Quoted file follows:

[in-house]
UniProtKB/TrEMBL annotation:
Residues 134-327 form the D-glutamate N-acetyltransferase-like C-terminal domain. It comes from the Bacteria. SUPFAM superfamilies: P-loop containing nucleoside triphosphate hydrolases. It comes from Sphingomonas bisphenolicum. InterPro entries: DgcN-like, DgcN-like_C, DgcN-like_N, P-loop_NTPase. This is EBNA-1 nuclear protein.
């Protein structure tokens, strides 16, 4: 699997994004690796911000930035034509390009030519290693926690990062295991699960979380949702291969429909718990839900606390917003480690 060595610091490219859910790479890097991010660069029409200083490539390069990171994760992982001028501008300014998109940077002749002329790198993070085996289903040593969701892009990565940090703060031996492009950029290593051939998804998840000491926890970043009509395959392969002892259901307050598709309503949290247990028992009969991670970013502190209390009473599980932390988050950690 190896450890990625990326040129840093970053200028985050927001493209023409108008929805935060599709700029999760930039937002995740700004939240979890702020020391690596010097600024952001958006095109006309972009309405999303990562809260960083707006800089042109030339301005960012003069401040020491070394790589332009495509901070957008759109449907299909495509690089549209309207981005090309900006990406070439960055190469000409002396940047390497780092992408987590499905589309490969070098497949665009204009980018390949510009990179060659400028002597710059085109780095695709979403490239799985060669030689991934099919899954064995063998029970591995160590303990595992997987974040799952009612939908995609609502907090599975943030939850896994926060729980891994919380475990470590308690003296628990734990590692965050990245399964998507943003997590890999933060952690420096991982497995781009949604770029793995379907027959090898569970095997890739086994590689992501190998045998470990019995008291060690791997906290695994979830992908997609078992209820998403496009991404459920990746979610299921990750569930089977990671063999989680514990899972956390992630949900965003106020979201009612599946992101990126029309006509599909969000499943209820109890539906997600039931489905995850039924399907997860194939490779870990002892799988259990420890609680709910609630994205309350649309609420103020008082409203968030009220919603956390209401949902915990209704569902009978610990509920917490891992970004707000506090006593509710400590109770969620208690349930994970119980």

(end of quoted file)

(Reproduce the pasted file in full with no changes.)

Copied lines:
[in-house]
UniProtKB/TrEMBL annotation:
Residues 134-327 form the D-glutamate N-acetyltransferase-like C-terminal domain. It comes from the Bacteria. SUPFAM superfamilies: P-loop containing nucleoside triphosphate hydrolases. It comes from Sphingomonas bisphenolicum. InterPro entries: DgcN-like, DgcN-like_C, DgcN-like_N, P-loop_NTPase. This is EBNA-1 nuclear protein.
């Protein structure tokens, strides 16, 4: 699997994004690796911000930035034509390009030519290693926690990062295991699960979380949702291969429909718990839900606390917003480690 060595610091490219859910790479890097991010660069029409200083490539390069990171994760992982001028501008300014998109940077002749002329790198993070085996289903040593969701892009990565940090703060031996492009950029290593051939998804998840000491926890970043009509395959392969002892259901307050598709309503949290247990028992009969991670970013502190209390009473599980932390988050950690 190896450890990625990326040129840093970053200028985050927001493209023409108008929805935060599709700029999760930039937002995740700004939240979890702020020391690596010097600024952001958006095109006309972009309405999303990562809260960083707006800089042109030339301005960012003069401040020491070394790589332009495509901070957008759109449907299909495509690089549209309207981005090309900006990406070439960055190469000409002396940047390497780092992408987590499905589309490969070098497949665009204009980018390949510009990179060659400028002597710059085109780095695709979403490239799985060669030689991934099919899954064995063998029970591995160590303990595992997987974040799952009612939908995609609502907090599975943030939850896994926060729980891994919380475990470590308690003296628990734990590692965050990245399964998507943003997590890999933060952690420096991982497995781009949604770029793995379907027959090898569970095997890739086994590689992501190998045998470990019995008291060690791997906290695994979830992908997609078992209820998403496009991404459920990746979610299921990750569930089977990671063999989680514990899972956390992630949900965003106020979201009612599946992101990126029309006509599909969000499943209820109890539906997600039931489905995850039924399907997860194939490779870990002892799988259990420890609680709910609630994205309350649309609420103020008082409203968030009220919603956390209401949902915990209704569902009978610990509920917490891992970004707000506090006593509710400590109770969620208690349930994970119980």